This is not the first time that Joy Vandervort-Cobb has portrayed a dozen different characters. She did that only a few years ago when she dazzled local audiences with her take on Lily Tomlin’s The Search for Signs of Intelligent Life in the Universe.

Even so, tackling the one-woman show No Child — which features an inner-city schoolroom’s worth of fiercely idiosyncratic adolescents, their shell-shocked visiting teacher, and the school janitor — made her nervous.

Vandervort-Cobb’s first experience with No Child came from Sharon Graci, co-founder and artistic director of PURE Theatre, where Vandervort-Cobb is a core ensemble member. Graci was eyeing the play as a potential Piccolo submission. “She sent it to me months ago and was like, ‘Read this and tell me what you think. I’m thinking about doing it,'” Vandervort-Cobb says.

The play, written and performed in 2006 by Nilaja Sun, is a fictionalized retelling of Sun’s own experience working as a teacher in a New York City school. Sun worked with her students to stage a production of Timberlake Wertenbaker’s Our Country’s Good, which itself tells the story of an 18th century New South Wales penal colony staging George Farquhar’s 1706 play The Recruiting Officer. Although it’s an ambitious, conceptually interesting undertaking, it’s not exactly an obvious choice for a room full of rebellious millennials.

The play’s challenges were only amplified by the fact that Vandervort-Cobb, a College of Charleston professor, was facing the end of the school year and stacks of student essays.

And then there’s the juggling act of the play itself.

“I like doing multiple characters,” she says. “But they don’t generally have this rapid-fire dialogue. I’m used to long monologues, maybe two or three characters talking to one another — easy enough to change the body, change the tone of voice. But I’m in a classroom full of kids, and they all have a voice.”

The excitement began to give way to fear. “Maybe we shouldn’t do this,” Vandervort-Cobb remembers saying to Graci after spending some time with the script. “She was like, ‘It’s too late. We submitted it.'”

Vandervort-Cobb is also quite aware of how her feelings mirror Sun’s when she first enters the classroom of her fellow teacher Ms. Tam. “Miss Sun walks into chaos,” she says. “I think she is immediately assailed by how quickly things move and is appalled at Ms. Tam’s seeming inability to control what is happening.” As Vandervort-Cobb plays Sun, she says, “She recognizes she has to repurpose the room.”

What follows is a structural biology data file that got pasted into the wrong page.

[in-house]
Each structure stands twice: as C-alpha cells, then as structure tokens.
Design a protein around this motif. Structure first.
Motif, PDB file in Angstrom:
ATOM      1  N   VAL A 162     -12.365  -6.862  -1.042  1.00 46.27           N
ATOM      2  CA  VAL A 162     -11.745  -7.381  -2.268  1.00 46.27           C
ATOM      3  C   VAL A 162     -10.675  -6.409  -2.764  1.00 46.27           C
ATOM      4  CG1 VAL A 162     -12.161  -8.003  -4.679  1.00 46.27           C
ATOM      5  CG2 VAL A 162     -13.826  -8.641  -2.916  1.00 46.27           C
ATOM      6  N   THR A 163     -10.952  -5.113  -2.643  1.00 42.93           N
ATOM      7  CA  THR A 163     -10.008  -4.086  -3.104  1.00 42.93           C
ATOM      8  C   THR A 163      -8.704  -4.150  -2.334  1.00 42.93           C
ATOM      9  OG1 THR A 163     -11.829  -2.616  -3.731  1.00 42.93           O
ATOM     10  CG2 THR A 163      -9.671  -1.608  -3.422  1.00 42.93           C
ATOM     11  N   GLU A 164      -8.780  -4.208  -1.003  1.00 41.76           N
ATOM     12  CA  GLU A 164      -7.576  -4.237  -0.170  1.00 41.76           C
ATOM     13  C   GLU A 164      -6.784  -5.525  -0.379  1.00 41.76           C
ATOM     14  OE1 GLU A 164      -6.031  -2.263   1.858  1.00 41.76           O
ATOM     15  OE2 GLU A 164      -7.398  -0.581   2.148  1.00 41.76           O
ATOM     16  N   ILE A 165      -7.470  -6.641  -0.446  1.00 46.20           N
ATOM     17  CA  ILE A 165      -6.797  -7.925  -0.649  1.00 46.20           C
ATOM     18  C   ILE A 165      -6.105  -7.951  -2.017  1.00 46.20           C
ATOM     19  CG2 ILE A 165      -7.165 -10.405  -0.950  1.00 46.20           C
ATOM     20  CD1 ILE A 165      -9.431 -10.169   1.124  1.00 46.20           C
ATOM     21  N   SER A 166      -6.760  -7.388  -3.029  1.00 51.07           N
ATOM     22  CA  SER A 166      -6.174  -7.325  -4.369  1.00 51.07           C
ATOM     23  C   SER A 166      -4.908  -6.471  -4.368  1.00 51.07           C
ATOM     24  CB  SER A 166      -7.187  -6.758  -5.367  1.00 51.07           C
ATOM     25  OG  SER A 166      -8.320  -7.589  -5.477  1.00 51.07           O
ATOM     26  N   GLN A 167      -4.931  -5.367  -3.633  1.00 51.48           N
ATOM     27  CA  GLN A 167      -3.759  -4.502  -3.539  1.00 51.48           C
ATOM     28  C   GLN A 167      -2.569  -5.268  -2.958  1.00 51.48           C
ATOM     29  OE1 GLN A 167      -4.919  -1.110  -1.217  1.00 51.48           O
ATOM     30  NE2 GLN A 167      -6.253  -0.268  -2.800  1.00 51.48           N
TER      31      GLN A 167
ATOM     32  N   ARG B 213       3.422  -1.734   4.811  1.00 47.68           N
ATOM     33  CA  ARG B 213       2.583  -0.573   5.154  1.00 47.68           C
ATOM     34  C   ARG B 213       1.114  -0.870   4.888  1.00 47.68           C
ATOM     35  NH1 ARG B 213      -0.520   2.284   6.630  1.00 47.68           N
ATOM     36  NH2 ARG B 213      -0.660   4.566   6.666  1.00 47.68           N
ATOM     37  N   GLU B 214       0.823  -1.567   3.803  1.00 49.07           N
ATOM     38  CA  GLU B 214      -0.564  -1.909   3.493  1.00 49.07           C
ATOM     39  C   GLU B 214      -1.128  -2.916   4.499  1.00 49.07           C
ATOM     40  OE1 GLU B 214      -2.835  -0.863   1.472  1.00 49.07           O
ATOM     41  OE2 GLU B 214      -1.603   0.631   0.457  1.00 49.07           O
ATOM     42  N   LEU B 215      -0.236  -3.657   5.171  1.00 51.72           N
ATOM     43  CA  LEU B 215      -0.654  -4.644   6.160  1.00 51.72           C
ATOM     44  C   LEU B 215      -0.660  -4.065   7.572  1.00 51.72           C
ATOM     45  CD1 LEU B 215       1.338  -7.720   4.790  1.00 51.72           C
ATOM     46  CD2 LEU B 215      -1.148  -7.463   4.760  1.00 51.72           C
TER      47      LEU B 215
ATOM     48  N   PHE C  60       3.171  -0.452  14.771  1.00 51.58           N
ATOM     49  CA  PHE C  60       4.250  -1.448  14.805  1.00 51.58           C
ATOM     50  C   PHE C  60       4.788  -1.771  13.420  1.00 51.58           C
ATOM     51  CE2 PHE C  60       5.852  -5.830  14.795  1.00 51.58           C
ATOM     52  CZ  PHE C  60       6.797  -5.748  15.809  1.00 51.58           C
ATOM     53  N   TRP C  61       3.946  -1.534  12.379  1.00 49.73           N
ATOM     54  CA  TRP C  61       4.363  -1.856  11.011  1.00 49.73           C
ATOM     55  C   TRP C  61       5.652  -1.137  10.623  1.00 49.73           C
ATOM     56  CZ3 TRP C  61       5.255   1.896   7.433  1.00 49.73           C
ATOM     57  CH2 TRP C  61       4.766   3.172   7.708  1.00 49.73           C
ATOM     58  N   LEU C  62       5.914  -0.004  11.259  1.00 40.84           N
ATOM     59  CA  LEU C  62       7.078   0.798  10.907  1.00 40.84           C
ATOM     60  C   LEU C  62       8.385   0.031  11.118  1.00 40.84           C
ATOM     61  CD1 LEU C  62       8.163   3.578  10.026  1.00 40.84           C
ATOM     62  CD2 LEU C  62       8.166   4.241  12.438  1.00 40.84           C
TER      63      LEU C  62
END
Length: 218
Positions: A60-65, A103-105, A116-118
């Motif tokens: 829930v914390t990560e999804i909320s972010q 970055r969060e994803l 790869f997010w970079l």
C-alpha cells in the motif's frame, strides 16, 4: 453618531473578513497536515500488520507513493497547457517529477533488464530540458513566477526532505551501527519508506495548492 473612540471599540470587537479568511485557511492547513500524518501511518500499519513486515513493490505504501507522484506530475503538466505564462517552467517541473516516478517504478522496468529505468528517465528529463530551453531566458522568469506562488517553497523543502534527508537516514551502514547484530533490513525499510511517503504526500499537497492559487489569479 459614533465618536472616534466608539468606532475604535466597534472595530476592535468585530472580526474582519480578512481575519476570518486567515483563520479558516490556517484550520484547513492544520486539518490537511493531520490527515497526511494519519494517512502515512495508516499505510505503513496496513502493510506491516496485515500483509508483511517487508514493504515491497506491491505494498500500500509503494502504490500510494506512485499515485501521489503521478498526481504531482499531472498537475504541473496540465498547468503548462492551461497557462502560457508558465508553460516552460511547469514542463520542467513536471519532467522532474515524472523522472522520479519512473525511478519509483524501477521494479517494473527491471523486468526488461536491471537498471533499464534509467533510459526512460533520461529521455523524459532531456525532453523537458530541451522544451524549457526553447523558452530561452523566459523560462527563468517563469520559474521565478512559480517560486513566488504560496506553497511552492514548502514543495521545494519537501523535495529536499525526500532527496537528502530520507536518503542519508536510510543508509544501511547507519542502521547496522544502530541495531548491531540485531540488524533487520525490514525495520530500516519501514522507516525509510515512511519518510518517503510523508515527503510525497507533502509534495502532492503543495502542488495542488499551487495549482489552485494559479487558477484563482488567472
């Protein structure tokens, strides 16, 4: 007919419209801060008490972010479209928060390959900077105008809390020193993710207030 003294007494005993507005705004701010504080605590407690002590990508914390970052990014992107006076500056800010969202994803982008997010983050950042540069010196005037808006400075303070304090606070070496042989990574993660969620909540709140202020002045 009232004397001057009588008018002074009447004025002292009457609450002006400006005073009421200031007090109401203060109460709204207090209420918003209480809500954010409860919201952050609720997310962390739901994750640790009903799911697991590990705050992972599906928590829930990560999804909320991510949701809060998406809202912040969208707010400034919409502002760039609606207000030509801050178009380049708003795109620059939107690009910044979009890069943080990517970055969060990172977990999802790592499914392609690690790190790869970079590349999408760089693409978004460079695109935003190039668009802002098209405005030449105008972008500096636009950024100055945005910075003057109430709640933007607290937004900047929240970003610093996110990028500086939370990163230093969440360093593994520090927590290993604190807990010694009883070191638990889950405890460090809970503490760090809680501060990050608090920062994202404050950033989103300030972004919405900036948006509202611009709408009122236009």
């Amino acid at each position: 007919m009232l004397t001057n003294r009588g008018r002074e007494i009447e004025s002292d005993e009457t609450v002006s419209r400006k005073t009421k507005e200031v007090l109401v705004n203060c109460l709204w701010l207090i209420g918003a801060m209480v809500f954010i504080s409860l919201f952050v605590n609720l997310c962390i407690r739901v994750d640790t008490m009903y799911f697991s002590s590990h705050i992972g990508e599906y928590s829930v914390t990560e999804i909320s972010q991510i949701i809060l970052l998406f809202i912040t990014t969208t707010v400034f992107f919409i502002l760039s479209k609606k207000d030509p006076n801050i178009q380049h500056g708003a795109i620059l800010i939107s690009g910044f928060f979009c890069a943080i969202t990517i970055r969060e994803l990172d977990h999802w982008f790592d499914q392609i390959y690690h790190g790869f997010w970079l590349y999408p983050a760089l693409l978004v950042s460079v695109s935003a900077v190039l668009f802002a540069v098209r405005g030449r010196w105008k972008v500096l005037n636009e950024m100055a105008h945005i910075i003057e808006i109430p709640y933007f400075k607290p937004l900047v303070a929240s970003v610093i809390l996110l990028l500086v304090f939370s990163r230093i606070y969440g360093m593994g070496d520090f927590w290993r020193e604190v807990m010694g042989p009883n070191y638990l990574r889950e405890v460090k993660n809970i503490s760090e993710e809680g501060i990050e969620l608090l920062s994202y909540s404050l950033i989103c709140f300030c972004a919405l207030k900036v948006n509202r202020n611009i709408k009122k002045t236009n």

In the play, Miss Sun quickly realizes she has to meet her students where they are, which in many cases is a bad place. In addition to the roadblocks shared by thousands of low-income, inner-city kids across the country, the children in this classroom are regarded as the school’s worst students. Vandervort-Cobb says, “And when you lay that kind of foundation, the kids can’t help but to live up to it until and unless someone comes in, connects, and helps them change their minds by allowing them to demonstrate that there is more to them than the diagnosis of being challenged and failing that challenge.

“I think the kids do feel trapped until they meet and are encouraged, cajoled, and inspired by Miss Sun,” she adds. “I’m struck by the sense of hopelessness in that classroom, in that school. They are being pushed through, and they know it.”

She empathizes with their defiance and apathy. “These kids are constantly being left behind; they are afraid to connect and commit because it nets them nothing but more loss,” she says. “Who wants to walk into that possibility every day?”

When it comes to the students, Vandervort-Cobb says it’s impossible not to play favorites, admitting to a particular fondness for the character Jerome. “I might have to kick him out after a week,” she says, laughing. “But right now, Jerome’s got my heart.”

While there is clearly a message to No Child, Vandervort-Cobb says the play isn’t preachy. “It’s tragic,” she says. “But there is humor and growth in that tragedy. And a bit of triumph redefined.”

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